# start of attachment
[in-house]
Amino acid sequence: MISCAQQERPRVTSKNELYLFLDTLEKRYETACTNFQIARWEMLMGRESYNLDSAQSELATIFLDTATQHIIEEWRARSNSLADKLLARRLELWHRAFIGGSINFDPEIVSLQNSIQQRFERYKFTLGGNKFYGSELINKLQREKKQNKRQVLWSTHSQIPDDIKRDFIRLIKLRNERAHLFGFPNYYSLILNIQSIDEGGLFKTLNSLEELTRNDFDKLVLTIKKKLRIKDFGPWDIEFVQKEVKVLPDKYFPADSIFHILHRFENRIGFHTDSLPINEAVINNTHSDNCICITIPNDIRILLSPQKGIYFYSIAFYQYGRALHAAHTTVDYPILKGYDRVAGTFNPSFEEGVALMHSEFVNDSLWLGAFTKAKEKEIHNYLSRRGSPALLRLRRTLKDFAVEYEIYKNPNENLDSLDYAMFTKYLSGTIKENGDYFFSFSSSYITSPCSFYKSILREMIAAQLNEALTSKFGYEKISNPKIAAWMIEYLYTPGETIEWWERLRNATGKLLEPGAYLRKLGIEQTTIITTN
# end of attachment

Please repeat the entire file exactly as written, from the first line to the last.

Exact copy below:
[in-house]
Amino acid sequence: MISCAQQERPRVTSKNELYLFLDTLEKRYETACTNFQIARWEMLMGRESYNLDSAQSELATIFLDTATQHIIEEWRARSNSLADKLLARRLELWHRAFIGGSINFDPEIVSLQNSIQQRFERYKFTLGGNKFYGSELINKLQREKKQNKRQVLWSTHSQIPDDIKRDFIRLIKLRNERAHLFGFPNYYSLILNIQSIDEGGLFKTLNSLEELTRNDFDKLVLTIKKKLRIKDFGPWDIEFVQKEVKVLPDKYFPADSIFHILHRFENRIGFHTDSLPINEAVINNTHSDNCICITIPNDIRILLSPQKGIYFYSIAFYQYGRALHAAHTTVDYPILKGYDRVAGTFNPSFEEGVALMHSEFVNDSLWLGAFTKAKEKEIHNYLSRRGSPALLRLRRTLKDFAVEYEIYKNPNENLDSLDYAMFTKYLSGTIKENGDYFFSFSSSYITSPCSFYKSILREMIAAQLNEALTSKFGYEKISNPKIAAWMIEYLYTPGETIEWWERLRNATGKLLEPGAYLRKLGIEQTTIITTN